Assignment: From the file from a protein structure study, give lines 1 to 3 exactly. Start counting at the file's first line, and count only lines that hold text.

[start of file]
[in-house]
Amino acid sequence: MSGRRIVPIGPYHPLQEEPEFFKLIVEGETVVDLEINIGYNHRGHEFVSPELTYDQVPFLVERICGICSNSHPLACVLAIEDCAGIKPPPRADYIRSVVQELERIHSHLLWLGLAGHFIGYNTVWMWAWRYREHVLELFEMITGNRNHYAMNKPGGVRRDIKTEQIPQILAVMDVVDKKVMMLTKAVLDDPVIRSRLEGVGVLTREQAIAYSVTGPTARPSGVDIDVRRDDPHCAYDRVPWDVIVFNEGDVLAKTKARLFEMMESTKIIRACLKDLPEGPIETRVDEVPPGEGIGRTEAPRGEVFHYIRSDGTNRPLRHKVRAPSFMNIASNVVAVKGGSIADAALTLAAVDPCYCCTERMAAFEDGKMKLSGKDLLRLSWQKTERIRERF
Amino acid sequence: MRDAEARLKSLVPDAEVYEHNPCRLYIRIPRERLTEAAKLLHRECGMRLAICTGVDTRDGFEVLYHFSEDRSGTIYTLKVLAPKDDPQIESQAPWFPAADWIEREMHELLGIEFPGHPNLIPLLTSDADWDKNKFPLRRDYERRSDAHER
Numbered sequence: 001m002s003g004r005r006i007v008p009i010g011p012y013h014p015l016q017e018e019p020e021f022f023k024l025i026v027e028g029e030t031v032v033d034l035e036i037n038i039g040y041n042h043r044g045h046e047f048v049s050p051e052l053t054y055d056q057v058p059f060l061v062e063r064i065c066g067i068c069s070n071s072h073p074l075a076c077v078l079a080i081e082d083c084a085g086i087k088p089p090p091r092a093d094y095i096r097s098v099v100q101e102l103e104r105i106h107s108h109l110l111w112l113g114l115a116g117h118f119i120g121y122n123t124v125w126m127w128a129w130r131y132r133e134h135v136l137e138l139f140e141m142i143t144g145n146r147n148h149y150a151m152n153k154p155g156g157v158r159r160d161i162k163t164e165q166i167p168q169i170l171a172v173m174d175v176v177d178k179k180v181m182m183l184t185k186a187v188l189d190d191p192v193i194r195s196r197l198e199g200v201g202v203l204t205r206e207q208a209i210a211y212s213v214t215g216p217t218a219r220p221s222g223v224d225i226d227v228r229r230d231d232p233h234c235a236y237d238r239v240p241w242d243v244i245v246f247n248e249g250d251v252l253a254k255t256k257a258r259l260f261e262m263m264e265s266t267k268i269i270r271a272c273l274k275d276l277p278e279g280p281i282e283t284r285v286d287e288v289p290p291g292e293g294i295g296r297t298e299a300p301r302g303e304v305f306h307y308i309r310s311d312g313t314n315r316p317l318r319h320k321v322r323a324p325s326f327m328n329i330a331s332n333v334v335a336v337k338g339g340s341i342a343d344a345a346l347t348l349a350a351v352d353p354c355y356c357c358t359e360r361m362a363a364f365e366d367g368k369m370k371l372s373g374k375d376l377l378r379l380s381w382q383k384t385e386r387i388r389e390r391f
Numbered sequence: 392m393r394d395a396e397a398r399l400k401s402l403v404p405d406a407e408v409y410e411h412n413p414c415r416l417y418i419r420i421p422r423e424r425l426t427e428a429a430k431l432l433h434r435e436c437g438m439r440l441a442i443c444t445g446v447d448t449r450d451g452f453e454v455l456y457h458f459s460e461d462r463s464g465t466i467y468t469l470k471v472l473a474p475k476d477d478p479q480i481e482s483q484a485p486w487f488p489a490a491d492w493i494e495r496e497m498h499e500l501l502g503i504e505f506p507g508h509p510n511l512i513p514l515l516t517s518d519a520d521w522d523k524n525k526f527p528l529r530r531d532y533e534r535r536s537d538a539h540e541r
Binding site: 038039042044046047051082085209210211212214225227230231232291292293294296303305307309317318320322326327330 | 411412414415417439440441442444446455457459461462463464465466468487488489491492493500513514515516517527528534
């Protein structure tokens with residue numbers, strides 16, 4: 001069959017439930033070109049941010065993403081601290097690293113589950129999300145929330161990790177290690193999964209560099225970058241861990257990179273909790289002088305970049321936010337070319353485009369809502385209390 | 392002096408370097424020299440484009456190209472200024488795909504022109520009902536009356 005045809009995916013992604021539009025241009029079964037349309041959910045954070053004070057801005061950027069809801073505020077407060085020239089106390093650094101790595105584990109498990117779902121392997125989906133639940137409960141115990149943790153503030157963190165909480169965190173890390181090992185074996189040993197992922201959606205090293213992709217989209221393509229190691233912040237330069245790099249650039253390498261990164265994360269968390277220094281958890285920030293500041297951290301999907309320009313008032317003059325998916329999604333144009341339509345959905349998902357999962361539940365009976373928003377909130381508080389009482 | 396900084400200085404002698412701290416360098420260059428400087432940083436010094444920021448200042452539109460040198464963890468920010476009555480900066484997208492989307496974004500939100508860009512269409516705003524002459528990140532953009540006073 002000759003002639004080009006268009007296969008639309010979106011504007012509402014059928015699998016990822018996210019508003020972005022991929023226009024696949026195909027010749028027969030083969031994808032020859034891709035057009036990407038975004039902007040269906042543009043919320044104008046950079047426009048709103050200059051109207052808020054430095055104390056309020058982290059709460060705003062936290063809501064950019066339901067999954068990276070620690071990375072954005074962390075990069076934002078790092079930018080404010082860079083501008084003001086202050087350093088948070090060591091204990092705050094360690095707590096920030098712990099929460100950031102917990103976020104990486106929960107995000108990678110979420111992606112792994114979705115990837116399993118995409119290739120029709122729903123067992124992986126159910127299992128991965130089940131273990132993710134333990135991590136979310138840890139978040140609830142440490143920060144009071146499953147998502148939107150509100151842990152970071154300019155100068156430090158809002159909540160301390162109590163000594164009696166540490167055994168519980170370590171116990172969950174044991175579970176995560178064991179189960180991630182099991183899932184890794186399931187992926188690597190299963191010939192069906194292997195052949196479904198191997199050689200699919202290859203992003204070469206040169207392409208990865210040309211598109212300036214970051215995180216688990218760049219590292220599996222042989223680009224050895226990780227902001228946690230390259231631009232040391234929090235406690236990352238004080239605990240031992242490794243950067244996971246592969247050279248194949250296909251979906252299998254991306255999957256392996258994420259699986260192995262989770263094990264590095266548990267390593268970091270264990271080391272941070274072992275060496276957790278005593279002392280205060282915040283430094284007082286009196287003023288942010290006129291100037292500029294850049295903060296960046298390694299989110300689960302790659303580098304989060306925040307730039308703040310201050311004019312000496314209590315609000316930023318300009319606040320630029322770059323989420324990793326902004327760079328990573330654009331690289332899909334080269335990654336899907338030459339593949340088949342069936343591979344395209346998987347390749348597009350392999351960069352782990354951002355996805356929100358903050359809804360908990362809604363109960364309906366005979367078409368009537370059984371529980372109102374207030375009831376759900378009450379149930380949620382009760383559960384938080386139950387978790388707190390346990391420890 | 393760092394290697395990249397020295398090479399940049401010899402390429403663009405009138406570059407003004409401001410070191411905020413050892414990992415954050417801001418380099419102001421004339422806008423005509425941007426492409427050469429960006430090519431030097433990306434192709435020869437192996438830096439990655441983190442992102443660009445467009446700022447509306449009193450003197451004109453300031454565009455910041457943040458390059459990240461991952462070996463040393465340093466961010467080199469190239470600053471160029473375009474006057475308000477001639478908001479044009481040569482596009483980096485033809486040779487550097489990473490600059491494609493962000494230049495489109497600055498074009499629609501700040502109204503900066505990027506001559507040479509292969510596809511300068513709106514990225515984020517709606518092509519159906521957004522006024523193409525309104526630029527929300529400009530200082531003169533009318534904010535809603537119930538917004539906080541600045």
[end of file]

[in-house]
Amino acid sequence: MSGRRIVPIGPYHPLQEEPEFFKLIVEGETVVDLEINIGYNHRGHEFVSPELTYDQVPFLVERICGICSNSHPLACVLAIEDCAGIKPPPRADYIRSVVQELERIHSHLLWLGLAGHFIGYNTVWMWAWRYREHVLELFEMITGNRNHYAMNKPGGVRRDIKTEQIPQILAVMDVVDKKVMMLTKAVLDDPVIRSRLEGVGVLTREQAIAYSVTGPTARPSGVDIDVRRDDPHCAYDRVPWDVIVFNEGDVLAKTKARLFEMMESTKIIRACLKDLPEGPIETRVDEVPPGEGIGRTEAPRGEVFHYIRSDGTNRPLRHKVRAPSFMNIASNVVAVKGGSIADAALTLAAVDPCYCCTERMAAFEDGKMKLSGKDLLRLSWQKTERIRERF
Amino acid sequence: MRDAEARLKSLVPDAEVYEHNPCRLYIRIPRERLTEAAKLLHRECGMRLAICTGVDTRDGFEVLYHFSEDRSGTIYTLKVLAPKDDPQIESQAPWFPAADWIEREMHELLGIEFPGHPNLIPLLTSDADWDKNKFPLRRDYERRSDAHER